Wednesday, 9 November 2016
Broadway Rooms (Hilton Portland )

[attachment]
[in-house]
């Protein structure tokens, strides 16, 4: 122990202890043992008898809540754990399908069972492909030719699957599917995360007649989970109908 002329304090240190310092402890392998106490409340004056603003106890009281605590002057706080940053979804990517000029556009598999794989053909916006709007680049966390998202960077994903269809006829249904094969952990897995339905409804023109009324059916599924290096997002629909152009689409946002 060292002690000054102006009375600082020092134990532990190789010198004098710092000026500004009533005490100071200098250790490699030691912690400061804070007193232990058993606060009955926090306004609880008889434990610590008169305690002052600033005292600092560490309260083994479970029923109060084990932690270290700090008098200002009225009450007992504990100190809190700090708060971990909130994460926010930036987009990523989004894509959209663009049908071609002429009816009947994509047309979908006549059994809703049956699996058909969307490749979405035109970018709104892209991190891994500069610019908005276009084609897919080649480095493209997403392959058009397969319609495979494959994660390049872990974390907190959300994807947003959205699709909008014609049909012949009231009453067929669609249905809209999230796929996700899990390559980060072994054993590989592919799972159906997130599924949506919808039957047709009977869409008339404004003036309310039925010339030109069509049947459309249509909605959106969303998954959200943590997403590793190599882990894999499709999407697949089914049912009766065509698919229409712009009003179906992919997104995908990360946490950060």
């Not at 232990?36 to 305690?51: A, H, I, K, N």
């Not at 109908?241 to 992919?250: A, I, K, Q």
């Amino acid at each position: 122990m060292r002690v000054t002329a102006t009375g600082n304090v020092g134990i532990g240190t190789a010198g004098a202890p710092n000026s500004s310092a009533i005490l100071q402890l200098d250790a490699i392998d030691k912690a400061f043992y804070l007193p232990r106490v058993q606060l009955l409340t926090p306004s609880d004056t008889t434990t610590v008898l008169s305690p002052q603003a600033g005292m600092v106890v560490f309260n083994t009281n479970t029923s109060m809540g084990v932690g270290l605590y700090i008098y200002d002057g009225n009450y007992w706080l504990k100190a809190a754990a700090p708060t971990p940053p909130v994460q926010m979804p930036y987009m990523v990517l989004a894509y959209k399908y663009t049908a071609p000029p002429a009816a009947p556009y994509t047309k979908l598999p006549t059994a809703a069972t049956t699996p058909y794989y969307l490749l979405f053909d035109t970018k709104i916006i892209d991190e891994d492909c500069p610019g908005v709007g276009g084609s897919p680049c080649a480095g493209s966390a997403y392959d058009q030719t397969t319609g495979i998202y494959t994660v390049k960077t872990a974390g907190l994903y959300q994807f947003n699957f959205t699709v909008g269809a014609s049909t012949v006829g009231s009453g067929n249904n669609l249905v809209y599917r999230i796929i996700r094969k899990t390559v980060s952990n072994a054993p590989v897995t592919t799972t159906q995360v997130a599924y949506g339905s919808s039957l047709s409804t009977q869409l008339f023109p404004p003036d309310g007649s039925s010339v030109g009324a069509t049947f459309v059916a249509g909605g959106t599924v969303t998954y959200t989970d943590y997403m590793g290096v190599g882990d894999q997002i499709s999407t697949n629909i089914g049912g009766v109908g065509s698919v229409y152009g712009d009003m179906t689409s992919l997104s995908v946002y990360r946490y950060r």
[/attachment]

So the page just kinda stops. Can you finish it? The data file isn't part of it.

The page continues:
As the dynamics behind splitting updrafts and storm motion has become better understood, differentiating between what encourages right- and left-moving supercells has become the subject of increasing study because of its implication for storm trajectory, strength and possible hazard type. Most research from storm-scale observations to numerical weather prediction in the United States has been focused on mesocyclones - right-moving supercells - as they typically lend themselves to all hazards possible and produce the vast majority of tornadoes. On the other hand, despite still being notorious for producing high-impact large hail and damaging winds along with their highly deviant motion, mesoanticyclones - left-moving supercells - have received much less attention. An assortment of cases were examined from the Great Plains spring 2016 severe weather season, with a particular focus on May 8th, that gave rise to varying favorabilities, lengths and intensities of anticyclonic supercells. Amidst NOAA Hazardous Weather Testbed operations, The NSSL Experimental Warn-on-Forecast System for ensembles (NEWSe) was run during these days. The goal of this study was first to determine how well the NEWSe model forecasted storm splits through qualitatively analyzing swaths of produced updraft helicity, then to interpret why the model gave the outcome it did by examining the environments it created through modeled soundings and visual analyses of dynamic parameters. While direct observations may be insufficient to help visualize the rapidly spatially- and temporally-changing conditions encouraging left-moving supercells, understanding how numerical analysis interprets these conditions will ensure a better understanding of mesoanticyclones themselves.
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